Donation Locations, Revisting Masks, Hospital Controversy, Lots More


  Confirmed Cases 116, Deaths 7

  MakerSpace Donations Location & Times

  Whatcom Unified Command Donations Location & Times

  Revisiting Masks

  Hospital Controversy

    From Dr Ming Lin

    From A Local Health Care Worker

Columbia Neighborhood

  Bread Subscription With Local Pickup

  Repost Request: Zoofari

  Need Emergency Plumber

  Rental Needed

Flip’s Pix For Music

  Video Lag

Editor’s Corner: Yawning


Whatcom county reports 116 positive tests as of Sunday noon. More Shuksan residents have died, and more nursing homes are now involved. Because there are so few tests available, we have no clear picture of how widespread the virus is in our community. The Whatcom County Health Department posts new numbers around noon daily. Check the Bellingham Herald for more details.


12 – 5, Mon -Friday: Someone will be available to receive donations at Bellingham Makerspace which is located at the Bellis Fair Mall. If you are in the parking lot and driving toward Dick’s Sporting Goods, there is a loading cu-lde-sac on the right. That’s where.


4-6 pm Monday – Friday: You mentioned Friday that WUC is out by the airport. I just dropped off supplies to them today Saturday, and they are now behind the mattress place on Meridian, 4233 Guide Meridian. Because of the street barriers, if you are driving on the northbound side of The Guide, you have to turn left on Kellogg and turn around so that you are heading south. Then take the first right to go along the side of the mattress store towards back of building. Here is the contact info. [from Caryn Friedlander]

Rud Browne, Donations Branch Director, Whatcom Unified Command: 360-820-9494


It has been widely shared (including by me) that wearing masks in this pandemic isn’t a good idea. Of course people in the general public should not be wearing masks specifically made for healthcare workers, because supplies are so low. But apparently, we should be wearing something else – anything else. Why? Because even ones made from two t-shirts, work. Here is a link to an article from the Washington Post. I found it convincing. If you can’t get at it, email me at and I will send you the text.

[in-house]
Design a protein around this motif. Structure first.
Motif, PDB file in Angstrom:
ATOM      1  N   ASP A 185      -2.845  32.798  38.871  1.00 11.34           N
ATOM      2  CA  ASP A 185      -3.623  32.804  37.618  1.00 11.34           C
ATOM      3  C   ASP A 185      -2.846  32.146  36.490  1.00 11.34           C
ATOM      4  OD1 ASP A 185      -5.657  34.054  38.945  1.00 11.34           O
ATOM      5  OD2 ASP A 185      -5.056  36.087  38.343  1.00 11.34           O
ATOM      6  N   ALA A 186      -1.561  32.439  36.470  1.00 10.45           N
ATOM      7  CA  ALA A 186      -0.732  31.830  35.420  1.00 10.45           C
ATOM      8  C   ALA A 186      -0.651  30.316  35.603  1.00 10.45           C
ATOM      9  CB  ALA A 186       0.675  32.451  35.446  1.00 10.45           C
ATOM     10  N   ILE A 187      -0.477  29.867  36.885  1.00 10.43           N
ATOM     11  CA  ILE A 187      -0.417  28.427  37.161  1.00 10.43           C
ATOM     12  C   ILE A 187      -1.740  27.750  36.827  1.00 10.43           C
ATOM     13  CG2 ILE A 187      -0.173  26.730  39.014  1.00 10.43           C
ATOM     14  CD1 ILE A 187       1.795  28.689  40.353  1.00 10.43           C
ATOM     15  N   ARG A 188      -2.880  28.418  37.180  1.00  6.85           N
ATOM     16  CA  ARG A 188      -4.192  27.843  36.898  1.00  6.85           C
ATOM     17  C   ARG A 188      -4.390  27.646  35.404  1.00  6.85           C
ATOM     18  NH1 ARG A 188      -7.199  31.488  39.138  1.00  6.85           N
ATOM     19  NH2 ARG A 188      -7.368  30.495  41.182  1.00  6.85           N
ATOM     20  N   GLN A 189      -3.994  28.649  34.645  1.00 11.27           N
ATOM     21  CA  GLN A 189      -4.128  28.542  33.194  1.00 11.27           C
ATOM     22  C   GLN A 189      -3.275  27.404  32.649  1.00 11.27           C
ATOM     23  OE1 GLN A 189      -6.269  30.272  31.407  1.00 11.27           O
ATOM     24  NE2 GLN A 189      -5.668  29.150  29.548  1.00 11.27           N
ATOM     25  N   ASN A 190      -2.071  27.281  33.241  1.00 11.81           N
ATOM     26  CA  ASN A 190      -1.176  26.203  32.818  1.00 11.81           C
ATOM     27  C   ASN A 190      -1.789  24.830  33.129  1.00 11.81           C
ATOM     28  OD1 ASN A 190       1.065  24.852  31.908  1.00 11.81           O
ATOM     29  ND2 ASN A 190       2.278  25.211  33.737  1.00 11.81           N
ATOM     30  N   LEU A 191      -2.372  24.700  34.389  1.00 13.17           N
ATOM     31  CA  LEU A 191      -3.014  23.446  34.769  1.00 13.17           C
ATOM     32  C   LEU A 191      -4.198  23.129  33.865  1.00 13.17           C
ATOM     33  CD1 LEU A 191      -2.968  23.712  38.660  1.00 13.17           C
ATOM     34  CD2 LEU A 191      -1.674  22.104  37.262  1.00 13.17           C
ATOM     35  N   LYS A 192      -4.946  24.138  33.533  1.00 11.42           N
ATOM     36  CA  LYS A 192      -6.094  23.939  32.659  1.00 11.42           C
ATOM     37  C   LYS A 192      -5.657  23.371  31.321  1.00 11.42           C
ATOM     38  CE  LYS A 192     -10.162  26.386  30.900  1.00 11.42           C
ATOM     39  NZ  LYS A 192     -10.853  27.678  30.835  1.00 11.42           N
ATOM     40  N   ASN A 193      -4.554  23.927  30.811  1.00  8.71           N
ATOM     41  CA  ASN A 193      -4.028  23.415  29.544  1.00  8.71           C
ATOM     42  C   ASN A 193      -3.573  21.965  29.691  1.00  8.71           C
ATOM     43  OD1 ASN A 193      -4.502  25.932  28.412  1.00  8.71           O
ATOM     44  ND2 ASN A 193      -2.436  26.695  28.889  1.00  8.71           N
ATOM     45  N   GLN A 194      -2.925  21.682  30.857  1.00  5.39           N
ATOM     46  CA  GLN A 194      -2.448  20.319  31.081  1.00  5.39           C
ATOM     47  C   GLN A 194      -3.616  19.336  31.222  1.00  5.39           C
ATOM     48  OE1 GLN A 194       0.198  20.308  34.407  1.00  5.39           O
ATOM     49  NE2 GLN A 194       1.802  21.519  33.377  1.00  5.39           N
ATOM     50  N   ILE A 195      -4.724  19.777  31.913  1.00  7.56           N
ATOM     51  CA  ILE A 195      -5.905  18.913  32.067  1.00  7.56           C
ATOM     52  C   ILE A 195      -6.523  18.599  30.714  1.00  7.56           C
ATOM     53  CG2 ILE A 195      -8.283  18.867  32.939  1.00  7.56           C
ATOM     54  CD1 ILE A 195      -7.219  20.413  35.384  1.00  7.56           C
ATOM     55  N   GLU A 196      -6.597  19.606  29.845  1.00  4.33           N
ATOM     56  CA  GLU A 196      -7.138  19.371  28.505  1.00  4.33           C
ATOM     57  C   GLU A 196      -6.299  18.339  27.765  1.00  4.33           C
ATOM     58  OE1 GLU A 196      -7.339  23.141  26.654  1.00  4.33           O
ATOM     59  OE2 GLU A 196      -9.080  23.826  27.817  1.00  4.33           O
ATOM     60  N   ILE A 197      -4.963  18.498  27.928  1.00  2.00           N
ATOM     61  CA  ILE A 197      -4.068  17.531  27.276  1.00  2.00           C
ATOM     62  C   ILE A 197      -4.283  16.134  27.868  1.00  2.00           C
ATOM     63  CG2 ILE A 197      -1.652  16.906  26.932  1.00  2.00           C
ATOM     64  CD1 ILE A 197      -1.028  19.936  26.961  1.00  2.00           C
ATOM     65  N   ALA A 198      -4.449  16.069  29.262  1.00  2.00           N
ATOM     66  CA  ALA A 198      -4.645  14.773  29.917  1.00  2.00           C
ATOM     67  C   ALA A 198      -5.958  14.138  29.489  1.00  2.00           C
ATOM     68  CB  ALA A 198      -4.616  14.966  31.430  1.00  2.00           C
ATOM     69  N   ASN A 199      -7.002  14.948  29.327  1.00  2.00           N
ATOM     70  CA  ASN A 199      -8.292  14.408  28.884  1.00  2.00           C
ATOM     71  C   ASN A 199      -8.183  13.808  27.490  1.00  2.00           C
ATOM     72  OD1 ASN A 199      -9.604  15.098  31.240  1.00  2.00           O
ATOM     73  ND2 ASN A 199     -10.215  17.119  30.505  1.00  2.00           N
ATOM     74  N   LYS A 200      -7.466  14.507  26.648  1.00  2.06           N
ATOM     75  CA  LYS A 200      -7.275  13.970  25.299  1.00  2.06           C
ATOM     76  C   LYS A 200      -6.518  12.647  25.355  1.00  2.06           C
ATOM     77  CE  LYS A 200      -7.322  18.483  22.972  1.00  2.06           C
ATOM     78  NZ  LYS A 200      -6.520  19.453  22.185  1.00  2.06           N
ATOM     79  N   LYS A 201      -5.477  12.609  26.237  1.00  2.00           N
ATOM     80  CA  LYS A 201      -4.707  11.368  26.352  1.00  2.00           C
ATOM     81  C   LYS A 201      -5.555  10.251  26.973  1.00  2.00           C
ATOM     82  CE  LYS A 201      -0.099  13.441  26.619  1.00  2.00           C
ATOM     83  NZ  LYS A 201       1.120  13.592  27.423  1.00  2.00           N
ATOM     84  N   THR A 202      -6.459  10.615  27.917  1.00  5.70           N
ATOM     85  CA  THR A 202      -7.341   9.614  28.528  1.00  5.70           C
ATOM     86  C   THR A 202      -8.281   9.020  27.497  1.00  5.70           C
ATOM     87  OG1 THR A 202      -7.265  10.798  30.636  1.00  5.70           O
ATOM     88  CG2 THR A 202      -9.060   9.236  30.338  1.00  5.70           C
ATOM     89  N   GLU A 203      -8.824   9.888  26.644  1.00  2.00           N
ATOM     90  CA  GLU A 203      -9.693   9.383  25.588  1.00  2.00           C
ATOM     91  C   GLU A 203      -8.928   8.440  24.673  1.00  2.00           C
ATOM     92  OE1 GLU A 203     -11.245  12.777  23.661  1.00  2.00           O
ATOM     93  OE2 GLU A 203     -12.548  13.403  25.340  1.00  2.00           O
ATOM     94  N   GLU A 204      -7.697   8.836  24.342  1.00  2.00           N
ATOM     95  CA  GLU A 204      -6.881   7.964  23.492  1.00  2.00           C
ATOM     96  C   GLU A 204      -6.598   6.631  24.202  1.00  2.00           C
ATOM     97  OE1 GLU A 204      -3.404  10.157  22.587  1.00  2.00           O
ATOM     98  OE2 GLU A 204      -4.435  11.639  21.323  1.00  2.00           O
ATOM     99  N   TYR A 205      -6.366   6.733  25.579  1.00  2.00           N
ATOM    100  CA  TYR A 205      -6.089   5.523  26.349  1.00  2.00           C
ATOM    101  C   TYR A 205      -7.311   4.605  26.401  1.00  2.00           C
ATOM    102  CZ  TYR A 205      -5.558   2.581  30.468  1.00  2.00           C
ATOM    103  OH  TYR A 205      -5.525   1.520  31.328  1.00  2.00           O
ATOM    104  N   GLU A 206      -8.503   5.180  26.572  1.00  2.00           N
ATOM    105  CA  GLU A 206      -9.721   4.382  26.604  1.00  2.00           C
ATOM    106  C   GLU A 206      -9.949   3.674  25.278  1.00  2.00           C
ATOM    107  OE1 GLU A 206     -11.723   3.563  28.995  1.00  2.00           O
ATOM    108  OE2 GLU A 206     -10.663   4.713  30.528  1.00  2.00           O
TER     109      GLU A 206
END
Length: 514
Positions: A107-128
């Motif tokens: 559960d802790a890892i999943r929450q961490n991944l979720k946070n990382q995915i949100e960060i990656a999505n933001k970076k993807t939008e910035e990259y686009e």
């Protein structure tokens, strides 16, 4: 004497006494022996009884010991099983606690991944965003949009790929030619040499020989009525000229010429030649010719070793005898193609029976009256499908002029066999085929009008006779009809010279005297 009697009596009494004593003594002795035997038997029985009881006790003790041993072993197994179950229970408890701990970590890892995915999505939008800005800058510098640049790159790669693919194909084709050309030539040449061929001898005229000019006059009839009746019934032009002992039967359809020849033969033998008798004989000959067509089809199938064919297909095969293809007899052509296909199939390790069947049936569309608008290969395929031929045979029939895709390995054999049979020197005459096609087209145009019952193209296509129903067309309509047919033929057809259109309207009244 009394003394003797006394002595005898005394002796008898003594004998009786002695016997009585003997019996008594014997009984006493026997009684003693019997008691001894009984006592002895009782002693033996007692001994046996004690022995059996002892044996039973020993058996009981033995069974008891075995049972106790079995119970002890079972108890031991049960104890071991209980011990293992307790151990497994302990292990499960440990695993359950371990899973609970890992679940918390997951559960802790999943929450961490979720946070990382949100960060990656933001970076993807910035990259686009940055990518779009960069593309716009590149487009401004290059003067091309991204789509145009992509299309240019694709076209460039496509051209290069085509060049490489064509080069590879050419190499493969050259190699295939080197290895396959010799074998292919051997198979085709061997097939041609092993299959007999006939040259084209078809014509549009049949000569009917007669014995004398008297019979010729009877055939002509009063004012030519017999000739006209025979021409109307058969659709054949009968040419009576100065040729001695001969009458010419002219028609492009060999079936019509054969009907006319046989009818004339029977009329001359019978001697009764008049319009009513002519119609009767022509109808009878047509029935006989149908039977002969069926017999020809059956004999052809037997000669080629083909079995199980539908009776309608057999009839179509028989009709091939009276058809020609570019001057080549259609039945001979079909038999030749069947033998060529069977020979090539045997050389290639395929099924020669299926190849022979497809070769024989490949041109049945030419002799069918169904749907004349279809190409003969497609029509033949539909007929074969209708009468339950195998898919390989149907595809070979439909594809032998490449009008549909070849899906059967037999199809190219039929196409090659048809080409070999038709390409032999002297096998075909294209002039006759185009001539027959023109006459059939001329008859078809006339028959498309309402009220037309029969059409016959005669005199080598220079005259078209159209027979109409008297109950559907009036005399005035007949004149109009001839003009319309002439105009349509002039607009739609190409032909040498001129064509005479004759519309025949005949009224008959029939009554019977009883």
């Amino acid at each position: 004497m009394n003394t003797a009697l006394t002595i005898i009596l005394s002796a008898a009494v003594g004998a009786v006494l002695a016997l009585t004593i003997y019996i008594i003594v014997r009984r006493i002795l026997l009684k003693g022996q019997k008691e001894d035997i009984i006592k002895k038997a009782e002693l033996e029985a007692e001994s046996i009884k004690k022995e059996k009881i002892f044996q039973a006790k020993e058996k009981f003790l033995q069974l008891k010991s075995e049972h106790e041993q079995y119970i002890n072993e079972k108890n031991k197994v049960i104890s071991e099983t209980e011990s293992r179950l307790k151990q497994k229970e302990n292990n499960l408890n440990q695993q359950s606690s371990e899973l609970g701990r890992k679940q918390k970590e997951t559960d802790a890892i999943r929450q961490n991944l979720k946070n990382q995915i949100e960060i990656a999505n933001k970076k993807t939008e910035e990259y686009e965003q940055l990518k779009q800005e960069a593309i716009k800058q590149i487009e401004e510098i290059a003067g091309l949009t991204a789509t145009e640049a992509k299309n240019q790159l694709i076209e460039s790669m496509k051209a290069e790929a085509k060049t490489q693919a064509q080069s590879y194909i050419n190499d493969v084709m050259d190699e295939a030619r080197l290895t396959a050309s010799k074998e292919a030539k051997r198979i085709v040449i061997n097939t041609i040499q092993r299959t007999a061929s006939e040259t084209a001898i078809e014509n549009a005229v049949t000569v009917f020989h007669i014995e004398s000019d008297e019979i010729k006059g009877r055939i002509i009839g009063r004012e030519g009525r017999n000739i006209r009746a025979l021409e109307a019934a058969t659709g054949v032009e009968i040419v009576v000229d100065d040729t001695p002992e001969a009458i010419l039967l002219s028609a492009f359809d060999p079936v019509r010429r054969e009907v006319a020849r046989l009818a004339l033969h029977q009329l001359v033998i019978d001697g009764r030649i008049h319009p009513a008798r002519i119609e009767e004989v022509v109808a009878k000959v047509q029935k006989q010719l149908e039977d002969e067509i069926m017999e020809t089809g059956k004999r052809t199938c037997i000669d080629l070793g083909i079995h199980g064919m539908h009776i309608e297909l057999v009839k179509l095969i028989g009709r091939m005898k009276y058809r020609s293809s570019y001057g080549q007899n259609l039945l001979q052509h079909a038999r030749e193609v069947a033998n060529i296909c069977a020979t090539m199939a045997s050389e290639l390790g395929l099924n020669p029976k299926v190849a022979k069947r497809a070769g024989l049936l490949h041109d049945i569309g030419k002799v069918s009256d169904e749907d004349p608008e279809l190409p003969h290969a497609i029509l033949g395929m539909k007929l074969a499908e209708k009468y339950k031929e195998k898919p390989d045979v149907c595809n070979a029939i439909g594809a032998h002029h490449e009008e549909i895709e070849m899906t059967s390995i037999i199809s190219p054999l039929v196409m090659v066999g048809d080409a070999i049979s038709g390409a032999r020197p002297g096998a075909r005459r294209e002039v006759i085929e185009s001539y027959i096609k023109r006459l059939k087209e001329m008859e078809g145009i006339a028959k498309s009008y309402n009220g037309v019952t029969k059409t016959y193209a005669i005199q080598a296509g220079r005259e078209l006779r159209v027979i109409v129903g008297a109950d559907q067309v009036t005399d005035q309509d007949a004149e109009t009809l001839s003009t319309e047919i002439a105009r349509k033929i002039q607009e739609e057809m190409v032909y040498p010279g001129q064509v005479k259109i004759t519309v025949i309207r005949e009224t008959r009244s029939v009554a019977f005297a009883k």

On the other hand, my cousin Alex Breskin is an epidemiologist. I wrote him about masks, this morning. Here’s his reply: Transmission in closed spaces is way higher than open spaces. If you are maintaining your 6 foot distance from others when outside then a mask is not needed. It’s not going to hurt to cover your mouth and nose when indoors with others, but I haven’t seen any meaningful evidence that cotton fabric will help much.



I want to be sure that Dr Lin gets the first word:

  “It has been obvious from my contact with the media that the story of my firing has distracted from my message of providing optimal safety for the healthcare staff.

  I am touched at what people have been doing on my behalf.

  But we are in a National Emergency of unprecedented times. PLEASE NO PETITIONS, NO PROTESTING , and please realize ANY NEGATIVE ACTION MAY HARM patients who need care from the hospital.

  We need to channel our energy toward preparing for a potential pandemic. Wash your hands, keep your distance and put on a mask.


  Many of you know that Dr. Ming Lin, a 17-year veteran emergency department physician at PeaceHealth St. Joseph Medical Center, was fired for speaking out publicly pertaining to his concerns about the lack of proper safety protections and protocols for frontline doctors and nurses at our community’s only hospital, and what that means for their health and the health of patients and the greater community.  Dr. Lin has been a physician for over 30 years. He worked at St. Vincent’s Hospital in New York City when 9/11 happened — he has experience in health and community crisis situations.